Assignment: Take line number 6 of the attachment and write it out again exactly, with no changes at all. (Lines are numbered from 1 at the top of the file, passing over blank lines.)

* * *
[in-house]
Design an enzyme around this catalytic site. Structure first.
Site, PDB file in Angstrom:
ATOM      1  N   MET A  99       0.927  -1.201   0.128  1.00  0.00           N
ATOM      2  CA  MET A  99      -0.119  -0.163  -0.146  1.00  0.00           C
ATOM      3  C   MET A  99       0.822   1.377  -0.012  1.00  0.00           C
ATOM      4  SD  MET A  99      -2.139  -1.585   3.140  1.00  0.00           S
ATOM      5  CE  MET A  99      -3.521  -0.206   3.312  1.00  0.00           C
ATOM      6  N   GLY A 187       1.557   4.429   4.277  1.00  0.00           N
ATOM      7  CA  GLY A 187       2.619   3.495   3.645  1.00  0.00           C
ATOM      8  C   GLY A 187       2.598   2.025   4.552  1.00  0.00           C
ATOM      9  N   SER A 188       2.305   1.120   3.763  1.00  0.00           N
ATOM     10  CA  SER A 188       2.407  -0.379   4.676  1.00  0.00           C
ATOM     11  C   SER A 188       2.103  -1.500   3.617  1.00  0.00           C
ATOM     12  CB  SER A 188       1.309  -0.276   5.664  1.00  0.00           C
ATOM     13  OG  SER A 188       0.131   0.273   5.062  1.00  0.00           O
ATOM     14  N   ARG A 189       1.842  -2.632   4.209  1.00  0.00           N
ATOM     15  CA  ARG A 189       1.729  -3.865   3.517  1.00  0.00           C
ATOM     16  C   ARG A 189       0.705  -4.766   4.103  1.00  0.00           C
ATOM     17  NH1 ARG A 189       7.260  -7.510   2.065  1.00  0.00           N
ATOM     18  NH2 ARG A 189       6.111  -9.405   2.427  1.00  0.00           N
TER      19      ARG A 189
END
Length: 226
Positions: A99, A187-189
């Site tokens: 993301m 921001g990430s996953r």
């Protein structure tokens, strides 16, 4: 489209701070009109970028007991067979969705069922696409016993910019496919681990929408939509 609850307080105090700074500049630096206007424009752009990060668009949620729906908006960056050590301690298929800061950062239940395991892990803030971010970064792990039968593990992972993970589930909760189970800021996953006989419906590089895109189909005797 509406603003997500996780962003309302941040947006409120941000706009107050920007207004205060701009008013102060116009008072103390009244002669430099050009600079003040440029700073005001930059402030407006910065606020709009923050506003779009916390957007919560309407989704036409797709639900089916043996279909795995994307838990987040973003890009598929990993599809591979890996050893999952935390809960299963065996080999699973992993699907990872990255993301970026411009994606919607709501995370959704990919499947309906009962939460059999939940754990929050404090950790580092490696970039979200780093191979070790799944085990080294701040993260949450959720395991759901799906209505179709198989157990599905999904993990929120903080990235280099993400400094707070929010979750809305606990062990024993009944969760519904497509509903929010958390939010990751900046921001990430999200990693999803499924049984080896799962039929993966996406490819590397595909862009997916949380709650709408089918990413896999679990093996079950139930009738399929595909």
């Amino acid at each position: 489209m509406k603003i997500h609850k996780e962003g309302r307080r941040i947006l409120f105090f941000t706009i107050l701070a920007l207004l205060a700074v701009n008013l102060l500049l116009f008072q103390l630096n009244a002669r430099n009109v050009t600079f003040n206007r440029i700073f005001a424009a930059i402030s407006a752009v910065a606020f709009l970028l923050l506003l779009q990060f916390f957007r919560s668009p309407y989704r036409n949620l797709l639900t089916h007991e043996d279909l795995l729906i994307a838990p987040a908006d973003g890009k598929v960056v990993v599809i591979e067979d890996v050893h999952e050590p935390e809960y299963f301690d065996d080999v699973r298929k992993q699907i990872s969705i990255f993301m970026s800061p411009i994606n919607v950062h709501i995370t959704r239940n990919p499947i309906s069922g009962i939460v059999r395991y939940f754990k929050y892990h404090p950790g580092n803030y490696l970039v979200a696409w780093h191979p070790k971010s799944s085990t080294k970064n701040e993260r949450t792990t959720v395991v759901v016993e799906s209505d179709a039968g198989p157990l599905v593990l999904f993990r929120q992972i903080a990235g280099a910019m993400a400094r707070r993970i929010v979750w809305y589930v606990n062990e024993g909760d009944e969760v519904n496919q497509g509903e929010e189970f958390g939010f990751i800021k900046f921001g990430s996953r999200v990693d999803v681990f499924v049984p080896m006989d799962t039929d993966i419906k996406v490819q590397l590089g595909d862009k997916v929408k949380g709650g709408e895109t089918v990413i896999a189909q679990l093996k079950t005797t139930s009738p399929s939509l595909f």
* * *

ATOM      3  C   MET A  99       0.822   1.377  -0.012  1.00  0.00           C